Right: The Barry version.
That was the start of the Torpado Project. I had the derailleur and the hubs and had a suitable old Torpado frame, which although not as old as the hubs and derailleur wasn’t too far out of keeping. The frame was repainted by Noah Rosen (Velocolour.com) and the hubs were built into a pair of old wood rims. Friend and vintage bike enthusiast Peter Cridland has refinished the rims. He’d spent hours sanding them down and applying coat after coat of varnish. I found an old Italian “Invincibile” saddle, which was brought back to life with a bit of TLC. A pair of Cinelli steel ‘bars were fitted to an English lugged stem. I know it isn’t correct to fit an English stem to an Italian bike but it’s lugged construction when painted to match the frame, seemed to be just right. A Torpado crankset and Italian “Super Rapid” brakes completed the project.
I intend to make a rod operated front derailleur for the bike and I have some nice Italian stainless fenders which will be fitted but it is almost complete and has been greatly admired by all those that have seen it.
My great grandfather started a bicycle business in Bromley, Kent in 1888 and the shop was in the original location until one evening in November 1940 when a Luftwaffe bomber decided to jettison its bombs over Bromley rather than continue to the original target of the London Docks. My grandfather George had been working late in the workshop that night, and had just left for home on his bicycle when the bomb exploded on the shop.
The next day George, my father, and some of the neighbours started to clear out and salvage what they could from the bombed building. On the opposite side of the road was a derelict pub, scheduled for demolition as part of a road widening scheme which the War had postponed. My father contacted the owners and made arrangements to store all the bits and pieces in the old building for a few weeks.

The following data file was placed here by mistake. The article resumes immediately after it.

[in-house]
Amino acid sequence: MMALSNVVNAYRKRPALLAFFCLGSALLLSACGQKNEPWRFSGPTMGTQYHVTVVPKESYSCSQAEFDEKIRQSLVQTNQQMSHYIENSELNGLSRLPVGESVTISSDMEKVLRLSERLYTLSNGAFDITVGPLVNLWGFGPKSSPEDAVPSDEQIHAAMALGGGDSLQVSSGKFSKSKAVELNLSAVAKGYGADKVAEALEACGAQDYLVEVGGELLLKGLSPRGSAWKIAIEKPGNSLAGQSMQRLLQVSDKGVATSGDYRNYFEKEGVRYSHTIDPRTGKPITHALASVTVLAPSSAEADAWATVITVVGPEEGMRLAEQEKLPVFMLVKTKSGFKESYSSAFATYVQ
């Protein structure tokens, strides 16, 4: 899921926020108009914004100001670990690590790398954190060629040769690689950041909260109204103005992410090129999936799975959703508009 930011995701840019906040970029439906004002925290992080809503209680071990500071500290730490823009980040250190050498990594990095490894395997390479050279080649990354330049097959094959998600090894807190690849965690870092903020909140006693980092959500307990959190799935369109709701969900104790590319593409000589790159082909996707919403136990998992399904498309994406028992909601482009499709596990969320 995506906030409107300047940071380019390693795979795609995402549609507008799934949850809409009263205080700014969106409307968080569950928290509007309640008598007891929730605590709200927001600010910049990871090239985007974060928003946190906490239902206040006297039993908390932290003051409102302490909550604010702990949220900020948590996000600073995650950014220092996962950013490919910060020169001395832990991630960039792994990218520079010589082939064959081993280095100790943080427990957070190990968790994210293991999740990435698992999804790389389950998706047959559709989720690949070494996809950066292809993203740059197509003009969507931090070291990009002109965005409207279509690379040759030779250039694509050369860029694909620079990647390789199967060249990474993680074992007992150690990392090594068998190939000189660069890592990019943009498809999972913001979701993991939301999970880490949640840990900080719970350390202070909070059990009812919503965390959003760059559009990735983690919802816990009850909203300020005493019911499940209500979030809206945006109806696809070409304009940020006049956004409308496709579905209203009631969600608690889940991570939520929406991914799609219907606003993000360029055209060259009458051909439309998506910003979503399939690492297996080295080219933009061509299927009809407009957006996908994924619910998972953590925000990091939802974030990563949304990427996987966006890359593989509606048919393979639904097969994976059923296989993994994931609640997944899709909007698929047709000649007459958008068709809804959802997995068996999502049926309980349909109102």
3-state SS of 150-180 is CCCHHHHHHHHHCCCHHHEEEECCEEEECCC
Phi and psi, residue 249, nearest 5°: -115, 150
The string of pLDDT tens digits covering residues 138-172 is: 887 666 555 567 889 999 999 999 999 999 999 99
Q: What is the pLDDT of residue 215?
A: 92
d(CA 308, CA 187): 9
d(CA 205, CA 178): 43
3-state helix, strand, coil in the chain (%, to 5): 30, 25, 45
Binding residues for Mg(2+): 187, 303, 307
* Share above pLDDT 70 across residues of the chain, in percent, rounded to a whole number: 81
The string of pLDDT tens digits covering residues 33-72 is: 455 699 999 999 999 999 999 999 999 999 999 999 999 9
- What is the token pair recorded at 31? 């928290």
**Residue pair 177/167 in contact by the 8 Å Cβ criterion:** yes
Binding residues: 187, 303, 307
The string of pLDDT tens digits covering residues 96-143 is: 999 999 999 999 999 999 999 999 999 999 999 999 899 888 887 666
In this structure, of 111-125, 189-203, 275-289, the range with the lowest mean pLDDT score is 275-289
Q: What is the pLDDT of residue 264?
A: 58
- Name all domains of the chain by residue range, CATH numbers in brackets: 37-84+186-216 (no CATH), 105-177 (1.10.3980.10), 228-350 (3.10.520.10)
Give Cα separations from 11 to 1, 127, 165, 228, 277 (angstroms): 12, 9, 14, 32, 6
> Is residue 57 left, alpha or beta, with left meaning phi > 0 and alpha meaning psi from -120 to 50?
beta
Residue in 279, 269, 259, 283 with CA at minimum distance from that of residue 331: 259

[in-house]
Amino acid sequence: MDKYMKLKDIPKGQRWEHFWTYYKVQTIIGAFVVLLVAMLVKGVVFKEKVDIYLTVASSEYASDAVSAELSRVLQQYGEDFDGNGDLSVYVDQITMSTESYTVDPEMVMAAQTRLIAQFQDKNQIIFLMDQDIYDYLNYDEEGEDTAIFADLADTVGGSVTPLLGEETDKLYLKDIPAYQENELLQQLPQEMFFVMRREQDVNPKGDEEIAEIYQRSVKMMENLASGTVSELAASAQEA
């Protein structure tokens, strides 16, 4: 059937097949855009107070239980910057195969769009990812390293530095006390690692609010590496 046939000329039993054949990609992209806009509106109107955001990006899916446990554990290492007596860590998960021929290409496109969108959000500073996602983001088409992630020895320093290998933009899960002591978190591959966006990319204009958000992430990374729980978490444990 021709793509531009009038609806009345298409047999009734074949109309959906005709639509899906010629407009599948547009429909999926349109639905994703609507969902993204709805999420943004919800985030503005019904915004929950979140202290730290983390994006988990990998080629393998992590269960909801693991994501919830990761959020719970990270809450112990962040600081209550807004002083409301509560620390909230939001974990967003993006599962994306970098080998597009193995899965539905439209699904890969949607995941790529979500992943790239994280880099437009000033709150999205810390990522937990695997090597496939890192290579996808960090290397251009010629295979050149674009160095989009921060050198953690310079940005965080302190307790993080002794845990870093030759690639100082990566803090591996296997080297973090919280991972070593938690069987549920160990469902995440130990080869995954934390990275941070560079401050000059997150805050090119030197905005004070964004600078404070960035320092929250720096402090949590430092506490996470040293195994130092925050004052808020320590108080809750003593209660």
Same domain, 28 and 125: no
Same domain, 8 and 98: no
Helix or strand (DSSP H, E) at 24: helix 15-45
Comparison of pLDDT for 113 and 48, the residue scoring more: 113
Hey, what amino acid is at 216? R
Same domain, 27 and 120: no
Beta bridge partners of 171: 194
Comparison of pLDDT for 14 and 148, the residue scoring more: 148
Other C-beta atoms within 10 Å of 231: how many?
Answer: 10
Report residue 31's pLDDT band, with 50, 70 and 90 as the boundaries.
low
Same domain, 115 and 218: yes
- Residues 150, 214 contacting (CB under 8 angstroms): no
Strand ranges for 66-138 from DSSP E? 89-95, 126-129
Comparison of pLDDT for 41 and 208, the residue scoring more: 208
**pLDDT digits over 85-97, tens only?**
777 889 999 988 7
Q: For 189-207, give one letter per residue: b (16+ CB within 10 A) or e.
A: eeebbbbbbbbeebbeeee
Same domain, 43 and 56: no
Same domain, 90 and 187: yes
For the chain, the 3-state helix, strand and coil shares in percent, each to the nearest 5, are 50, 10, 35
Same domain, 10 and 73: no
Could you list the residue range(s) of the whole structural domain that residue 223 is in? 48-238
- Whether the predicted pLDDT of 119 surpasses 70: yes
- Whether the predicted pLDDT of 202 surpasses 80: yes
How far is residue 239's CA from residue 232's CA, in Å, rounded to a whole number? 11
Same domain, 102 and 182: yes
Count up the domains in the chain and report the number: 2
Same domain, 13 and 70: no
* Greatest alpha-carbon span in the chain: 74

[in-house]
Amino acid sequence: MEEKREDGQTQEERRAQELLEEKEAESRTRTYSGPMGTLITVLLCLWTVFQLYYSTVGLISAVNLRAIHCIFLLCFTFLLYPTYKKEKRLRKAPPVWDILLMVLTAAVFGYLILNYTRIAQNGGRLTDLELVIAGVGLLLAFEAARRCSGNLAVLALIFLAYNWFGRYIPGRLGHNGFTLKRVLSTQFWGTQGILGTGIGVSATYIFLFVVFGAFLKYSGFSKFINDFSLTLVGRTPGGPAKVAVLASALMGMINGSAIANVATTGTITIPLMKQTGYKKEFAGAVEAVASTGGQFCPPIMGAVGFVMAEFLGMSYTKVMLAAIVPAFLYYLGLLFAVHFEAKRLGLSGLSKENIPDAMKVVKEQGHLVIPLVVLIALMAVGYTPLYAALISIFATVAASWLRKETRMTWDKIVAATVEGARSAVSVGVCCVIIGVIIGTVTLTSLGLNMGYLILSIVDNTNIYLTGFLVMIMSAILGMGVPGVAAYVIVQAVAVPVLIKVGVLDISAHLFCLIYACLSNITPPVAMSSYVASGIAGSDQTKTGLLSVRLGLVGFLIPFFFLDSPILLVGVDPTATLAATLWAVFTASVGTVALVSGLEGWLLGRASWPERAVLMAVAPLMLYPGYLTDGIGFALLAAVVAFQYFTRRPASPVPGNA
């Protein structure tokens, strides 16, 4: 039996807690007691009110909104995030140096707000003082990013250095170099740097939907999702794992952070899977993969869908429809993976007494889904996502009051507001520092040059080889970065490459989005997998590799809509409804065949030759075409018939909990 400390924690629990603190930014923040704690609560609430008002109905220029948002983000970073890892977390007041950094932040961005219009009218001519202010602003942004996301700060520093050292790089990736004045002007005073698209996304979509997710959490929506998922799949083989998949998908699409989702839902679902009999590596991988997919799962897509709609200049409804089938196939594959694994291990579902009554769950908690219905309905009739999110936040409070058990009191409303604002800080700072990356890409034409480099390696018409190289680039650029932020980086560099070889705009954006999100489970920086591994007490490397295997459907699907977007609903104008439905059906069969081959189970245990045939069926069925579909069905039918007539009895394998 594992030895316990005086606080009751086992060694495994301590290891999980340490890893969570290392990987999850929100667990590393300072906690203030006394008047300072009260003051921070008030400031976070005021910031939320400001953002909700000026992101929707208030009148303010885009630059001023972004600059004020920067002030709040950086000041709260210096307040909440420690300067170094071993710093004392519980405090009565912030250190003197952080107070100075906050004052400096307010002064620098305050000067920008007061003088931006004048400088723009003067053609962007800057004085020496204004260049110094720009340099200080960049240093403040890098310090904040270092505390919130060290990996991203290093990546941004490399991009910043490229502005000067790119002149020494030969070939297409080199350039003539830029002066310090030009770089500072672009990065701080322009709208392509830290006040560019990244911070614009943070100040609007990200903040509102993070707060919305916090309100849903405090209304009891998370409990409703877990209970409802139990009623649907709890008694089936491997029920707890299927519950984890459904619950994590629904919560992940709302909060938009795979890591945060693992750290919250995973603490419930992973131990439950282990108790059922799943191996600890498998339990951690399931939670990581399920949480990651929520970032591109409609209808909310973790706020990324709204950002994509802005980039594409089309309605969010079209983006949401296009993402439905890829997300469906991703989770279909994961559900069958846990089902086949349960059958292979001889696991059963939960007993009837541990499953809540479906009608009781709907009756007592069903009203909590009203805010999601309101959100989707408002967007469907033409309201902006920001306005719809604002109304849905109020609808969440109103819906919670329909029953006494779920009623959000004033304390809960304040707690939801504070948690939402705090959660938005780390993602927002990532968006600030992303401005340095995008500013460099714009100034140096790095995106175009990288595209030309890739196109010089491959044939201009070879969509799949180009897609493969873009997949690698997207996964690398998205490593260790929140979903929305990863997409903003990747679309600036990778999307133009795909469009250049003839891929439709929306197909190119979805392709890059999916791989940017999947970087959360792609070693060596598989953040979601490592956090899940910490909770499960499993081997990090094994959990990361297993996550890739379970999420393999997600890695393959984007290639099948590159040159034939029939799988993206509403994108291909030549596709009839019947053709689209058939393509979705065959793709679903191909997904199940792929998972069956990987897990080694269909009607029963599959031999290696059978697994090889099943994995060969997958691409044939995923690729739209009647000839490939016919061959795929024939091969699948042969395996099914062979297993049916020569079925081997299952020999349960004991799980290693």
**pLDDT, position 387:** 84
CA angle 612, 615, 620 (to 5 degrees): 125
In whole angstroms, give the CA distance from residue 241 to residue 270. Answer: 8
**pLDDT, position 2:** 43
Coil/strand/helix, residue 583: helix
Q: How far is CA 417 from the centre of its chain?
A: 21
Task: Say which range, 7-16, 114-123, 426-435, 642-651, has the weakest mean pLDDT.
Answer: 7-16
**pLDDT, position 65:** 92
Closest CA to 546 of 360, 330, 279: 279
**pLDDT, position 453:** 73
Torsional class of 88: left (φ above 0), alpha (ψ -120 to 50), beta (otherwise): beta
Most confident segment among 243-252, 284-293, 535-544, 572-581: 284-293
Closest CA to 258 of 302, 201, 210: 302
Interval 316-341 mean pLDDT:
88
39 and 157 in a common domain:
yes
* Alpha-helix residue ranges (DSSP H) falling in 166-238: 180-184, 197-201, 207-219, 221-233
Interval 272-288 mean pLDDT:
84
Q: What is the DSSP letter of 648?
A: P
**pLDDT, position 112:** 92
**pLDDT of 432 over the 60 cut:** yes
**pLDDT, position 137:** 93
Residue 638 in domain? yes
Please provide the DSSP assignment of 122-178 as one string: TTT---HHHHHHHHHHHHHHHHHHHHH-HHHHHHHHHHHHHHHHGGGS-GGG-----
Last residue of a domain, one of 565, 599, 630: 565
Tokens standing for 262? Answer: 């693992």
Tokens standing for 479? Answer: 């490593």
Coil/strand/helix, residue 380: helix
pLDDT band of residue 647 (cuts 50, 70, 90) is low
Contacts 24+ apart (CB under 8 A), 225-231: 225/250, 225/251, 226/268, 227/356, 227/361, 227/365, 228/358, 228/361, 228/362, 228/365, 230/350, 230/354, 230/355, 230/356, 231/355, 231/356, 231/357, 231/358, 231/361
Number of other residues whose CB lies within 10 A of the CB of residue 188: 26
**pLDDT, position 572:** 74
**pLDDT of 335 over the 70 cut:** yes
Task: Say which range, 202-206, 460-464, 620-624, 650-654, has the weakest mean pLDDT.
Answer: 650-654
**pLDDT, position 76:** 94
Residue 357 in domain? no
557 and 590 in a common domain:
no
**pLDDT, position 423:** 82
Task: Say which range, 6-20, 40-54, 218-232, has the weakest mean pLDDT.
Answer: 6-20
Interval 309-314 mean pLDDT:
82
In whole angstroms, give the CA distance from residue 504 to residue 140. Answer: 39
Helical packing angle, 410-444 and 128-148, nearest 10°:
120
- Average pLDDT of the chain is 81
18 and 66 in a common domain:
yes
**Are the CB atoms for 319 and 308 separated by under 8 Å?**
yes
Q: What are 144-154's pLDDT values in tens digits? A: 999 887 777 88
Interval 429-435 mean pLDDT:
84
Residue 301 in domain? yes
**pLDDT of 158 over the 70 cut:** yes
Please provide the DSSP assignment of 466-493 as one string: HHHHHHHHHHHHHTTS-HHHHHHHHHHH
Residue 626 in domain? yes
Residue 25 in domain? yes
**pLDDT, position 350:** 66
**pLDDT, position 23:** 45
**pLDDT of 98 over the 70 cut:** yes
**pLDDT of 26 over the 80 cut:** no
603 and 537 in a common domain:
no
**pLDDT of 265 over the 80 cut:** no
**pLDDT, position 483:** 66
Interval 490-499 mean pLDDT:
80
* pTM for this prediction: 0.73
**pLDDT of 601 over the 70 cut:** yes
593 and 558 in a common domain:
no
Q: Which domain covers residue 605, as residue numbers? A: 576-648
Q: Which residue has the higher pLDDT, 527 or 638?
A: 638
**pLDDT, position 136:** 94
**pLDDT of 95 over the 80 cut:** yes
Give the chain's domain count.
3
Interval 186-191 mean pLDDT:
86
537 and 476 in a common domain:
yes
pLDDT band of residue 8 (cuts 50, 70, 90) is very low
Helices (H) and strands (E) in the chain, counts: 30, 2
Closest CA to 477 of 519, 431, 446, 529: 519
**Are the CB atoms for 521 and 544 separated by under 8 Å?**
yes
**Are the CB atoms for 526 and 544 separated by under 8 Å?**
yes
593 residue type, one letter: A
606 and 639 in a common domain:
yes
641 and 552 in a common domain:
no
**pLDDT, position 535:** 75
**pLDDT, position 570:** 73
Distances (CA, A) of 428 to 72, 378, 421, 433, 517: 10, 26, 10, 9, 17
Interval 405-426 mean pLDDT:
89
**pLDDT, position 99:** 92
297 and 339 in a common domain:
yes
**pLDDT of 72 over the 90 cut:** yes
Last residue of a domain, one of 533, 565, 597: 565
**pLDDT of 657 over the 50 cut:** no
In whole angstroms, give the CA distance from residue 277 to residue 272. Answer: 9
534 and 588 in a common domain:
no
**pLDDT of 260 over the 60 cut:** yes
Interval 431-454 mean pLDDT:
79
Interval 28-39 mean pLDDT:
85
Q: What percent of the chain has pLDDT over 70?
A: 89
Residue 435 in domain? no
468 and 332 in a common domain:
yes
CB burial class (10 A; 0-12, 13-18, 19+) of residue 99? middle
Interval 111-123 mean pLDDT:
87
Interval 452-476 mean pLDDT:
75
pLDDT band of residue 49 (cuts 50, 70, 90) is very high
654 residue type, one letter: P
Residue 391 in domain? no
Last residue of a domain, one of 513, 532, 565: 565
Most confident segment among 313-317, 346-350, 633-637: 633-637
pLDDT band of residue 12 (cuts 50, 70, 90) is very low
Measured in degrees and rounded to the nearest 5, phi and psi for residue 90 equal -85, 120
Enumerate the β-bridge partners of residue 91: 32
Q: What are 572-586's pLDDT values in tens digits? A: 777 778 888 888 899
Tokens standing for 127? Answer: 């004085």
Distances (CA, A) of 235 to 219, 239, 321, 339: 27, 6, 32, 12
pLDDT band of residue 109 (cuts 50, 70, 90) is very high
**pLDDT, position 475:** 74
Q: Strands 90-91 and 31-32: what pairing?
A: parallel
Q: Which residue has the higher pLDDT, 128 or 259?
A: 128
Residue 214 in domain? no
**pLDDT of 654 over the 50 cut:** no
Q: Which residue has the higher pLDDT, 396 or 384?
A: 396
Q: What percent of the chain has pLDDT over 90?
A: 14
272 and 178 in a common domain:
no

Fourteen years later the shop, was still in the old pub, not exactly luxury accommodation, but it worked and the public was buying bicycles to get to work or school, and business was good. I left school and started to work in the workshop with George, while Dad had a small office upstairs. One day I was rummaging around upstairs and found a broken wicker basket originally from a butcher’s bike, covered with dusty cardboard.Inside was a collection of bicycle parts which had been rescued from the old shop, a few steel cranks and rusty BSA inch pitch chainrings, a pair of Stronglight 49D cranks, some Osgear parts, and in a battered dark red cardboard box with embossed gold writing, a pair of Palladini hubs. The Stronglight cranks went onto my racing bike and saw many years of service, the Palladini hubs stood on the shelf and I thought that one day I might build them up into a bicycle just for fun.
In 1968 I moved to Canada, bringing with me two racing bikes and the toolbox which I had used as a mechanic in the 1958 Tour of Britain. In the bottom of the toolbox I had put the Palladini hubs. Mike and I met up again in Toronto; we had raced together as juniors in England in the 1950's. We were both very much into bikes, and we started building Mariposa frames together in a friends basement in 1969, we have been the best of friends ever since.
The hubs accompanied me through my wandering working life in England, Canada, USA and The Netherlands, like some kind of talisman, connecting me to my roots,....and one day they would be built into a bicycle. In 2006 Mike was restoring a 1950's racing frame for me and it was then that I realized that the hubs should go to Mike, as he was the one person who might actually use them on one of his restorations. They were too interesting for me to keep in the bottom of my toolbox any longer.